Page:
|Place-name:||Sandy Syke (Water of Deugh)|
|Suggested Meaning:||‘sandy-peat sluggish stream’|
|1st element:||Scots sandy ‘sandy peat’|
|2nd element:||Scots sike, syke ‘sluggish stream’|
|Blaeu Coila (1654):||No Entry|
|OS Name Books (1855-57):||Sandy Sike|
This may be a reference to sandy peat ‘a peat containing a good deal of earthy matter ’. This Sandy Syke flows into the Water of Deugh. (N.B. athough the map shows Sandy Syke the Ordnance Survey Name Book is under Sandy Sike, albeit with Sandy Syke as an alternative spelling .
There is another Sandy Syke in the parish, which flows into the Afton Water. There is also a Sunny Sike , where sunny may be a variant of sandy.
The name appears as Sandy Syke on the Ordnance Survey Map while the Ordnance Survey Name Book entry gives Sandy Sike with Sandy Syke as an alternative spelling.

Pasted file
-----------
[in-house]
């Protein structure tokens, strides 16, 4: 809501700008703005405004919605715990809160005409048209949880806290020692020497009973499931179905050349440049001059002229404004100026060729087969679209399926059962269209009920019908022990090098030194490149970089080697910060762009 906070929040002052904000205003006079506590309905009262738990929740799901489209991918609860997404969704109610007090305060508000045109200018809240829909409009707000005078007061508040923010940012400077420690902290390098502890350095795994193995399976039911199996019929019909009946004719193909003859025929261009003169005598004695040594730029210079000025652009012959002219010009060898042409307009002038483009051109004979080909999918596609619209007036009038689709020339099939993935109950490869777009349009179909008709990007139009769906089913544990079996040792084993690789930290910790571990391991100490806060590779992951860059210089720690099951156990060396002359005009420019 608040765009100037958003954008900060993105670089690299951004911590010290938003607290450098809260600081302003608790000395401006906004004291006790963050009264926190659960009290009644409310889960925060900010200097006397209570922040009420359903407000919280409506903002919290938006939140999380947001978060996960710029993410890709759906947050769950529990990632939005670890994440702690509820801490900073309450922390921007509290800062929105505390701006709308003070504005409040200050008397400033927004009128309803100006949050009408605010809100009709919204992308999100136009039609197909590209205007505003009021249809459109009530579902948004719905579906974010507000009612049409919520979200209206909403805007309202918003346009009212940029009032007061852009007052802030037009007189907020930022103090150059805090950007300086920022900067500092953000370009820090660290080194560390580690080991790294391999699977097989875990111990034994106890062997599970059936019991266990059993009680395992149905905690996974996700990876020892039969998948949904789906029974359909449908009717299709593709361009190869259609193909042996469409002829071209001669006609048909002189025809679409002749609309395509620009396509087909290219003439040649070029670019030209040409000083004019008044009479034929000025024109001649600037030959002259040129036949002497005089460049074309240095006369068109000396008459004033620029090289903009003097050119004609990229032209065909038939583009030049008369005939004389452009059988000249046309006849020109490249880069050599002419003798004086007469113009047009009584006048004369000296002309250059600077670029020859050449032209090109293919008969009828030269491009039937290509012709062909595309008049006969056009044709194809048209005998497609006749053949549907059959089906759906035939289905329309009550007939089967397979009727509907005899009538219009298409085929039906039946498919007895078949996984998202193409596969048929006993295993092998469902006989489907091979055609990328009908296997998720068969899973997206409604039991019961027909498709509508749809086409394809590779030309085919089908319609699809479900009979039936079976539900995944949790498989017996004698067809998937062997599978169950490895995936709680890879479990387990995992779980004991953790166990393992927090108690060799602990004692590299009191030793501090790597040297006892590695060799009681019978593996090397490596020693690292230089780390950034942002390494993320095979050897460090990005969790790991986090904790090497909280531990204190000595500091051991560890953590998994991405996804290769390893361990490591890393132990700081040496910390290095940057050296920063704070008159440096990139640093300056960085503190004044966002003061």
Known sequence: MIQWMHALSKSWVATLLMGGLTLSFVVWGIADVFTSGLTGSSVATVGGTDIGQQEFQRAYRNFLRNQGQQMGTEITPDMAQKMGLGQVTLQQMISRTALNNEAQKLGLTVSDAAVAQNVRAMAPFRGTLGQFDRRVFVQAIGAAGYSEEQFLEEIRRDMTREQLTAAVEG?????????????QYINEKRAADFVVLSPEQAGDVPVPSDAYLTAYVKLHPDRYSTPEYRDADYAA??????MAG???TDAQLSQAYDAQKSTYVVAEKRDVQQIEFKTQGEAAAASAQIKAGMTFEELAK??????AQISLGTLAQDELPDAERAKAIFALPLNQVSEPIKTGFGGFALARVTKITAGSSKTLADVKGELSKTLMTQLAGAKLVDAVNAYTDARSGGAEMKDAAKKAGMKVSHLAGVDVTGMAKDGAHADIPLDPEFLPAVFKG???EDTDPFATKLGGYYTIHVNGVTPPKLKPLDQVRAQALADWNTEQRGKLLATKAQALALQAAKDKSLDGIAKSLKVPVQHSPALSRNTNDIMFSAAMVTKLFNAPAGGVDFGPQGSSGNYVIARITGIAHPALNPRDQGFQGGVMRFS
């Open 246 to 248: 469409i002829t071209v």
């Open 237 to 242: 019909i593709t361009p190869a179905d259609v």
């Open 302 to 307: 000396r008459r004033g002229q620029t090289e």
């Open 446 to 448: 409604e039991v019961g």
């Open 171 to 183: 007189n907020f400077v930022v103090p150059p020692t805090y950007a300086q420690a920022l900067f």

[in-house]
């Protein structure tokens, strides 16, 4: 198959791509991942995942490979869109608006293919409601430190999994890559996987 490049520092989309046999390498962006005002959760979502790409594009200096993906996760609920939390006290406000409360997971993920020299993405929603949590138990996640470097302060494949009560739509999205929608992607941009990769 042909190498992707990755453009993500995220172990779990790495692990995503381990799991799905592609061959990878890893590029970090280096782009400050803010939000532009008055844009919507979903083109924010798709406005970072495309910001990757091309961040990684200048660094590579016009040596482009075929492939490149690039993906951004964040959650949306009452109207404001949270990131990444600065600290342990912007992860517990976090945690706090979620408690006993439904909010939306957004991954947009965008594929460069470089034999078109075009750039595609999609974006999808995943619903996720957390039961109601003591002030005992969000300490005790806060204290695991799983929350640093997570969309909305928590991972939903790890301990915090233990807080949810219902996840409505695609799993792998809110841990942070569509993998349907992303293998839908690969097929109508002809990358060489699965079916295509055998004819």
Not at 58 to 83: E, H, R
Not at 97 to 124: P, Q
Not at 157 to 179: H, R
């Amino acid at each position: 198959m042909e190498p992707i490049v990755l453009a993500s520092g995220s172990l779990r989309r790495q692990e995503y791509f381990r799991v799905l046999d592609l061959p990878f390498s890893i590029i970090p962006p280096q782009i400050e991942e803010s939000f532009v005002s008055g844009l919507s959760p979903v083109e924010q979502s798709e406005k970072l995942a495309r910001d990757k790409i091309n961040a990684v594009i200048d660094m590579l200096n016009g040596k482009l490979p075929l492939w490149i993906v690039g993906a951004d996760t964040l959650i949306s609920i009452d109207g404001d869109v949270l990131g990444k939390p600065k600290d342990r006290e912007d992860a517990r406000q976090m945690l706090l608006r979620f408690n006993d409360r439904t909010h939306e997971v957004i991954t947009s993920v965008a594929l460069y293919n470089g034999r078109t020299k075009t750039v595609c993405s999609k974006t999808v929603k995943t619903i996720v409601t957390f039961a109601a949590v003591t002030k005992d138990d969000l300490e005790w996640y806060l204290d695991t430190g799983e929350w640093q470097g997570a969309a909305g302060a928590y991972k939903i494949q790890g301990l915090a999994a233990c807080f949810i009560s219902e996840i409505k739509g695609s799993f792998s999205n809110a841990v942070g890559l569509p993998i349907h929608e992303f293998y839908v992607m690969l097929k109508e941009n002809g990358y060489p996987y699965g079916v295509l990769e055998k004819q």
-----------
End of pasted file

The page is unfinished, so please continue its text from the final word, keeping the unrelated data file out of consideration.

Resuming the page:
A Sike or Syke is described as –
A small stream, rill or water-course, especially one that meanders through a hollow or across flat or boggy ground and is freqently dry in summerDictionary of the Scots Language 
the sheughs and the sykes
Sandy Sike flows into the Water of Deugh in the south of the parish.
| Dictionaries of the Scots Language |sandy|
| Dictionaries of the Scots Language |syke, sike|
| The Laird of Logan, Or, Anecdotes and Tales Illustrative of the Wit and Humour of Scotland|
|Reproduced with the Permission of National Library of Scotland|
|Map 1: Ordnance Survey 6 inch (1892-1960) |Sandy Syke|